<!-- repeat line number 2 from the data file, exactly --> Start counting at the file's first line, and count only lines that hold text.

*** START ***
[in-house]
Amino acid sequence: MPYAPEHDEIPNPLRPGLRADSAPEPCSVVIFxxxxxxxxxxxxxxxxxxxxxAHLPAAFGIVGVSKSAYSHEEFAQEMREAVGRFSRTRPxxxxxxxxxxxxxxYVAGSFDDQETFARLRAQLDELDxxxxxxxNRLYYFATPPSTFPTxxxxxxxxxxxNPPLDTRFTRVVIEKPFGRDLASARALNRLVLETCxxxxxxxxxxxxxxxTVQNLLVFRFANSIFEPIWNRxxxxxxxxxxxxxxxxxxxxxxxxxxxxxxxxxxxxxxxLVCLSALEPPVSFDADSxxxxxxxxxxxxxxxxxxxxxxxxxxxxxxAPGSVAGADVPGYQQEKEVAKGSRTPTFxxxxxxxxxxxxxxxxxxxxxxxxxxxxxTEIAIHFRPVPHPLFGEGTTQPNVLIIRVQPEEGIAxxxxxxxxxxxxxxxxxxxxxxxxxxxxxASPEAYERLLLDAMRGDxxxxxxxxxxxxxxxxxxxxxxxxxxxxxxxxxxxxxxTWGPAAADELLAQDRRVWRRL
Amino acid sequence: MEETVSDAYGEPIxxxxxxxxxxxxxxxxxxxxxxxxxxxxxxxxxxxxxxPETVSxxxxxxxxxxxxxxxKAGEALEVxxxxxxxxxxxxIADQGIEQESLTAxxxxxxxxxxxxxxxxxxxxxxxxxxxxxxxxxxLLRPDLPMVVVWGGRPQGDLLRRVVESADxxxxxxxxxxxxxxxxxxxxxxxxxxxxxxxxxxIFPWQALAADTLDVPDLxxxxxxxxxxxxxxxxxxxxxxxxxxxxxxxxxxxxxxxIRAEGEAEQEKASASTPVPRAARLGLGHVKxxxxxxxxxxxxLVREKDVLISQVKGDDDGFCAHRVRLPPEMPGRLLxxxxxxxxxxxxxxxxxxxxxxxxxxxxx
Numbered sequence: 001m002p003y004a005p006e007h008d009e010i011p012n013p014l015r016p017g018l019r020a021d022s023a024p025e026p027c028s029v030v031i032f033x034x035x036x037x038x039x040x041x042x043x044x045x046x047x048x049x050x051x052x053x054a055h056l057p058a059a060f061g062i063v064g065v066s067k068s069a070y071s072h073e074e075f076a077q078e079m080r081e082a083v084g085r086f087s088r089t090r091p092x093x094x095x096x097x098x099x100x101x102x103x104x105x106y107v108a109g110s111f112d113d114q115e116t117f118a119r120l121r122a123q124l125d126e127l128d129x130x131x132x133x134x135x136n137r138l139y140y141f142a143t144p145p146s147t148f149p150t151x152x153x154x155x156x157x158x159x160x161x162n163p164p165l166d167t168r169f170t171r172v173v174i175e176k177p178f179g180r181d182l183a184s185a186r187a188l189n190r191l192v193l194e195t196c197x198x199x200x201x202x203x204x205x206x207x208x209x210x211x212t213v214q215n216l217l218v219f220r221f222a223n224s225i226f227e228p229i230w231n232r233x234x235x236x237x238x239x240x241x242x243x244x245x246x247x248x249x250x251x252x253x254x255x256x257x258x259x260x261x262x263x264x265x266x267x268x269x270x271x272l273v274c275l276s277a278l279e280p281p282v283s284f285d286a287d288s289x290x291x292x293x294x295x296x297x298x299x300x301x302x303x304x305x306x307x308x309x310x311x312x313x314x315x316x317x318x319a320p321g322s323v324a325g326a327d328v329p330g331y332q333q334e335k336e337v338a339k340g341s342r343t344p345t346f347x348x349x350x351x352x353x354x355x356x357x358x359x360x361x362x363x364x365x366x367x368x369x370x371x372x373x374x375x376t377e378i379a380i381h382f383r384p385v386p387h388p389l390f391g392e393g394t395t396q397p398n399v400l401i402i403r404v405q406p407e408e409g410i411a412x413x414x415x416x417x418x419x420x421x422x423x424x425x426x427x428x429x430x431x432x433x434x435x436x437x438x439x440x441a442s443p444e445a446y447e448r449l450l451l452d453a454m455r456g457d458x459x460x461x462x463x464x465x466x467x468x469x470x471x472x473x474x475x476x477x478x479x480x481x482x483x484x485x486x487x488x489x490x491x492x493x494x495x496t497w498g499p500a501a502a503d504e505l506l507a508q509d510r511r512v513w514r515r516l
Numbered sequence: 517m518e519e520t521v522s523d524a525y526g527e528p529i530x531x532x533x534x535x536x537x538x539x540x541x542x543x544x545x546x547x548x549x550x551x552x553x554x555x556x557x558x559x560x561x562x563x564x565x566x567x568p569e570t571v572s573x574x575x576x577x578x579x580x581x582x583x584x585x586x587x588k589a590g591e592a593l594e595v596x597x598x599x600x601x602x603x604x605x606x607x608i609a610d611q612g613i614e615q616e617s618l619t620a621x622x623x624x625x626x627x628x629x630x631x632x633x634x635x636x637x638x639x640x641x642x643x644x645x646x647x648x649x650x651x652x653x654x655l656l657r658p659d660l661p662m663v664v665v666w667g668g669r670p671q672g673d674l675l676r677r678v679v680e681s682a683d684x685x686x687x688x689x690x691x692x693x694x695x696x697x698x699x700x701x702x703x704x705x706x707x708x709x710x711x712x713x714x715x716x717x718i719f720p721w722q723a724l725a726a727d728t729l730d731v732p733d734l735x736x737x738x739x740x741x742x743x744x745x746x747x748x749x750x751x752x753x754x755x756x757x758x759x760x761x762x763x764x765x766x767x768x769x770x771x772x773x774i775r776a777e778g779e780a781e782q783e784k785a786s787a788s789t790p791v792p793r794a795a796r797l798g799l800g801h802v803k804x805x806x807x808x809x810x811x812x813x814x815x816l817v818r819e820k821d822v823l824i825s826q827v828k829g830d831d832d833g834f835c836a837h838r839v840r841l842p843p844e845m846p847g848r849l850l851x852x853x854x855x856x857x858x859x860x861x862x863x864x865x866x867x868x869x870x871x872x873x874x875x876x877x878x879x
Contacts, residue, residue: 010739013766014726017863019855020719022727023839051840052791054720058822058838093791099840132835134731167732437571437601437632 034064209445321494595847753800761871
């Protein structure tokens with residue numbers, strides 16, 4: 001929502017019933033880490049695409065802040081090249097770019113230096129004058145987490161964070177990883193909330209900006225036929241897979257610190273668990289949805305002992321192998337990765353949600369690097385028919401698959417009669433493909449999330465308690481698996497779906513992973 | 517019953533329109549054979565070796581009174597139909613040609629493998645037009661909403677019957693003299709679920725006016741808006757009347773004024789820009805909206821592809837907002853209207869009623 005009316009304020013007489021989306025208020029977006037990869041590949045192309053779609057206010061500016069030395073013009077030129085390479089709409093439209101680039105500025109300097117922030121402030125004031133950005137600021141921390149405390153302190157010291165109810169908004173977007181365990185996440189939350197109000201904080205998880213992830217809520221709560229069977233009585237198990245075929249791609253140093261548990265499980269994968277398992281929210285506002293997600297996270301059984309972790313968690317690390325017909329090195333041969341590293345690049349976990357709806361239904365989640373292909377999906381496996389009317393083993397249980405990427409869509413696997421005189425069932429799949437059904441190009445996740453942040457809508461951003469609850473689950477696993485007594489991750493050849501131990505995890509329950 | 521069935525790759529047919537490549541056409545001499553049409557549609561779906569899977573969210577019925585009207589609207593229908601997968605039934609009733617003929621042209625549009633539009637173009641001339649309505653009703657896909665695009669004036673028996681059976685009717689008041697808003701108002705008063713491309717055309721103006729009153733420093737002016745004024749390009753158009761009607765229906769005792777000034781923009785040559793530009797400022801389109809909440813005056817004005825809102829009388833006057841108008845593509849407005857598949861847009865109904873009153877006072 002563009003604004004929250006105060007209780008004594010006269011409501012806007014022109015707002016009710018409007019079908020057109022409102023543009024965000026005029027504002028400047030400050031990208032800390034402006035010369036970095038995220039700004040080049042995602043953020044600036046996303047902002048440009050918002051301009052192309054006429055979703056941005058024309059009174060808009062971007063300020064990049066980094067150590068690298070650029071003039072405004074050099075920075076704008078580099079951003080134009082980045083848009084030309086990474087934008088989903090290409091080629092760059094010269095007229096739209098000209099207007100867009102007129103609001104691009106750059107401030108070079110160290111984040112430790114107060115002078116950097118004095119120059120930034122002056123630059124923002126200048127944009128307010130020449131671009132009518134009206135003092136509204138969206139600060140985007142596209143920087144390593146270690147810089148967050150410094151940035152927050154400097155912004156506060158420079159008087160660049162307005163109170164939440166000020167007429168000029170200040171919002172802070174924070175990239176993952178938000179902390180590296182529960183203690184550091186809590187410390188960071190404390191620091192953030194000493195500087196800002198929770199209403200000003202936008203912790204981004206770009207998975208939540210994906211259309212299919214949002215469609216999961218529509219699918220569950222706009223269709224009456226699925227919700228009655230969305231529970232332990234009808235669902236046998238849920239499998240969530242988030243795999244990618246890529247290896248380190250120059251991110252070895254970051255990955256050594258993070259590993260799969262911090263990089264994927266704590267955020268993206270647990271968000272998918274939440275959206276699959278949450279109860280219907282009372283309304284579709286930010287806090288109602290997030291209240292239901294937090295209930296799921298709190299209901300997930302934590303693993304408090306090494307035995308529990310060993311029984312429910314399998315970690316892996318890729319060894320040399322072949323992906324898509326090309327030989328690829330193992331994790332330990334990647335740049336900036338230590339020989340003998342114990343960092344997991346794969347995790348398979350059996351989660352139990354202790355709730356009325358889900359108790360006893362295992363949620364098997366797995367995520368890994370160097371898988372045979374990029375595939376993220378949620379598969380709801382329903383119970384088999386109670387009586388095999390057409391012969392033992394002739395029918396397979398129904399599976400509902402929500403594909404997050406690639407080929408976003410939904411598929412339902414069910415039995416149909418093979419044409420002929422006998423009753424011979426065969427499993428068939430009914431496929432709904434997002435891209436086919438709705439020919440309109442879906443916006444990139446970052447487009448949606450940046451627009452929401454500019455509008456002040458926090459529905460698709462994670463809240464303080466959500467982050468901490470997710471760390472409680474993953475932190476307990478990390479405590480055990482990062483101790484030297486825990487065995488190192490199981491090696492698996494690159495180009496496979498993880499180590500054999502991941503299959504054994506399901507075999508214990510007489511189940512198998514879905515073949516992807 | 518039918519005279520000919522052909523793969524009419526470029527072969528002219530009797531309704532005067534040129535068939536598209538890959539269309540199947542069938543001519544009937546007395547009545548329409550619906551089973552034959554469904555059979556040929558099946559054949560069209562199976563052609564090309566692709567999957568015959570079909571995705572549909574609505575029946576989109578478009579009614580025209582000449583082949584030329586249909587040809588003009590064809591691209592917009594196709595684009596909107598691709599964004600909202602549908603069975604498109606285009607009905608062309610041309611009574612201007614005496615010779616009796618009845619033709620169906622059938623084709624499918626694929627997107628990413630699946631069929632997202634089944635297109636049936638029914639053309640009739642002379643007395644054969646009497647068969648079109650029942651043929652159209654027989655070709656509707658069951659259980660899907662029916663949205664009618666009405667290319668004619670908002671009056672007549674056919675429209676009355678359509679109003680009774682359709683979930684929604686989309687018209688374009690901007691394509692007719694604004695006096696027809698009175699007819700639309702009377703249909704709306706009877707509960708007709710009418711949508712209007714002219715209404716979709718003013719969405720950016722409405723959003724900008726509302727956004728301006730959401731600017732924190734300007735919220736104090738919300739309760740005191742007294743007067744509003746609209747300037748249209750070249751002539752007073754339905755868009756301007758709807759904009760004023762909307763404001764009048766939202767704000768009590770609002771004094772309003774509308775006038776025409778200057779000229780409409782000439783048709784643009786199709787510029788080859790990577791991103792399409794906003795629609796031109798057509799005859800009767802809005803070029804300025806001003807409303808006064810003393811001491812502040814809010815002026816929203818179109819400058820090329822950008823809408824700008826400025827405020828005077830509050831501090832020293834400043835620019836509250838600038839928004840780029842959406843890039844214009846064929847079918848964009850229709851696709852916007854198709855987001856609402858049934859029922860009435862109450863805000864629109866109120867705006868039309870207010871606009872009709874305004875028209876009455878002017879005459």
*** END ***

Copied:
Amino acid sequence: MPYAPEHDEIPNPLRPGLRADSAPEPCSVVIFxxxxxxxxxxxxxxxxxxxxxAHLPAAFGIVGVSKSAYSHEEFAQEMREAVGRFSRTRPxxxxxxxxxxxxxxYVAGSFDDQETFARLRAQLDELDxxxxxxxNRLYYFATPPSTFPTxxxxxxxxxxxNPPLDTRFTRVVIEKPFGRDLASARALNRLVLETCxxxxxxxxxxxxxxxTVQNLLVFRFANSIFEPIWNRxxxxxxxxxxxxxxxxxxxxxxxxxxxxxxxxxxxxxxxLVCLSALEPPVSFDADSxxxxxxxxxxxxxxxxxxxxxxxxxxxxxxAPGSVAGADVPGYQQEKEVAKGSRTPTFxxxxxxxxxxxxxxxxxxxxxxxxxxxxxTEIAIHFRPVPHPLFGEGTTQPNVLIIRVQPEEGIAxxxxxxxxxxxxxxxxxxxxxxxxxxxxxASPEAYERLLLDAMRGDxxxxxxxxxxxxxxxxxxxxxxxxxxxxxxxxxxxxxxTWGPAAADELLAQDRRVWRRL